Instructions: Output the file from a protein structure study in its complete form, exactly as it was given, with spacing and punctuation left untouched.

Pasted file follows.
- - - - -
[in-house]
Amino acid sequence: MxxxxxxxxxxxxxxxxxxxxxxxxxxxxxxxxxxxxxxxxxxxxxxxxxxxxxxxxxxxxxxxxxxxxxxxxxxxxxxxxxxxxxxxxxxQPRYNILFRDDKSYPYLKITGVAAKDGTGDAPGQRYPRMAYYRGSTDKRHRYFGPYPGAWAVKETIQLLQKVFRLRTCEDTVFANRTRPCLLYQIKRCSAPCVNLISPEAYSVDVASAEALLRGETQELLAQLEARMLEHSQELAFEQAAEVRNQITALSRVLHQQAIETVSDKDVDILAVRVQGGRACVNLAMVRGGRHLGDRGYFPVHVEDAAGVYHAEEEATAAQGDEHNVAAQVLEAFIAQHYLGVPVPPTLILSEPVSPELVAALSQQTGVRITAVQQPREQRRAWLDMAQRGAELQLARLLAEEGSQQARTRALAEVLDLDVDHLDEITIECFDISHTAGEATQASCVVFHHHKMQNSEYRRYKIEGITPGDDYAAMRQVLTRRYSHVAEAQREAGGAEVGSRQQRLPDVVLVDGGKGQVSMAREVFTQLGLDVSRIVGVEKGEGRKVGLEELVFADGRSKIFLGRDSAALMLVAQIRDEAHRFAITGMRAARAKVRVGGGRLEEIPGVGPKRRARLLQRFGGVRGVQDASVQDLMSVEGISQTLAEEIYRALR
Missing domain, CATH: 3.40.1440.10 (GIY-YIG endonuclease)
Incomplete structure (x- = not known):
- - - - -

[in-house]
Amino acid sequence: MxxxxxxxxxxxxxxxxxxxxxxxxxxxxxxxxxxxxxxxxxxxxxxxxxxxxxxxxxxxxxxxxxxxxxxxxxxxxxxxxxxxxxxxxxxQPRYNILFRDDKSYPYLKITGVAAKDGTGDAPGQRYPRMAYYRGSTDKRHRYFGPYPGAWAVKETIQLLQKVFRLRTCEDTVFANRTRPCLLYQIKRCSAPCVNLISPEAYSVDVASAEALLRGETQELLAQLEARMLEHSQELAFEQAAEVRNQITALSRVLHQQAIETVSDKDVDILAVRVQGGRACVNLAMVRGGRHLGDRGYFPVHVEDAAGVYHAEEEATAAQGDEHNVAAQVLEAFIAQHYLGVPVPPTLILSEPVSPELVAALSQQTGVRITAVQQPREQRRAWLDMAQRGAELQLARLLAEEGSQQARTRALAEVLDLDVDHLDEITIECFDISHTAGEATQASCVVFHHHKMQNSEYRRYKIEGITPGDDYAAMRQVLTRRYSHVAEAQREAGGAEVGSRQQRLPDVVLVDGGKGQVSMAREVFTQLGLDVSRIVGVEKGEGRKVGLEELVFADGRSKIFLGRDSAALMLVAQIRDEAHRFAITGMRAARAKVRVGGGRLEEIPGVGPKRRARLLQRFGGVRGVQDASVQDLMSVEGISQTLAEEIYRALR
Missing domain, CATH: 3.40.1440.10 (GIY-YIG endonuclease)
Incomplete structure (x- = not known):